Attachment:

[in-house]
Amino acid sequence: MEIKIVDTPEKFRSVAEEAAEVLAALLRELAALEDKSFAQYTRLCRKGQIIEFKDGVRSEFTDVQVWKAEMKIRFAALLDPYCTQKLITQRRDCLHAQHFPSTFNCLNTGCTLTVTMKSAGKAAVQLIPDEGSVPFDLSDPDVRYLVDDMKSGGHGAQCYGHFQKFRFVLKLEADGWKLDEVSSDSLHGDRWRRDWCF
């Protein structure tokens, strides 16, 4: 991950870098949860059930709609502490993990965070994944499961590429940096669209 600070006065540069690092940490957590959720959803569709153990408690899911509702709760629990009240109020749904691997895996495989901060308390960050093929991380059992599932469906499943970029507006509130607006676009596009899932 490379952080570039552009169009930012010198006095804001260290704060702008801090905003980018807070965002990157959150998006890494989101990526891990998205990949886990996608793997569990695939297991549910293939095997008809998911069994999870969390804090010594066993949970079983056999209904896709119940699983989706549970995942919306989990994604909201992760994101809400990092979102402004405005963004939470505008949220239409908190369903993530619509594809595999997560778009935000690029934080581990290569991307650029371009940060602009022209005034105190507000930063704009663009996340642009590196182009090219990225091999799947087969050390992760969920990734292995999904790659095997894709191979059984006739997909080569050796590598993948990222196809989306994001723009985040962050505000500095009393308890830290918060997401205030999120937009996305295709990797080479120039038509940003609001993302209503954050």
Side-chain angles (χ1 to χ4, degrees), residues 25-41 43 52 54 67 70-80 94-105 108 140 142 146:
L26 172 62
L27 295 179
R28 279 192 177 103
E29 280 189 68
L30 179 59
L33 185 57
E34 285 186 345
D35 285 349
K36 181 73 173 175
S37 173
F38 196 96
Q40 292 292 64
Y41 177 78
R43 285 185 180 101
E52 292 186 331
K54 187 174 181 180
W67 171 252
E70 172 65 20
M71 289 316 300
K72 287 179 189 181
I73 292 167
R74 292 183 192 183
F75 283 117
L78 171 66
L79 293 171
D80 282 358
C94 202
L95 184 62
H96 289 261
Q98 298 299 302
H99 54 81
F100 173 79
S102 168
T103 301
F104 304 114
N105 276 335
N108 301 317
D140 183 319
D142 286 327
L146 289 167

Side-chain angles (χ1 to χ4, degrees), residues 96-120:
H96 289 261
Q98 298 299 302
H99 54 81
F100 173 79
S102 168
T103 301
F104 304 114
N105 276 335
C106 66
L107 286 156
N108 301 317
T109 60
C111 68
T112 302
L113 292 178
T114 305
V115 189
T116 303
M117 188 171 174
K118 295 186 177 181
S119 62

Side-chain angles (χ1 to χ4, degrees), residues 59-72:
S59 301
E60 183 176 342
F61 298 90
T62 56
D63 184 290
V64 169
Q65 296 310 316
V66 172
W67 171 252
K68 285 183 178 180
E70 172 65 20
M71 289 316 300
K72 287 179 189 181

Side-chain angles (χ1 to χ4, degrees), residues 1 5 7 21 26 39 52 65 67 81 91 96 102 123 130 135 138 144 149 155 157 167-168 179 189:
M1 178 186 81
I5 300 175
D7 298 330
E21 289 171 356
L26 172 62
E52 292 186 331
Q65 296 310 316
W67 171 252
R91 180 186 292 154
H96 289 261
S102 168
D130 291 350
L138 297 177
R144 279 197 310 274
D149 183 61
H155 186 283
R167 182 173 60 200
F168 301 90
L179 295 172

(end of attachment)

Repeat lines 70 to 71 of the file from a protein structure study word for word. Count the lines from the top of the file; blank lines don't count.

F61 298 90
T62 56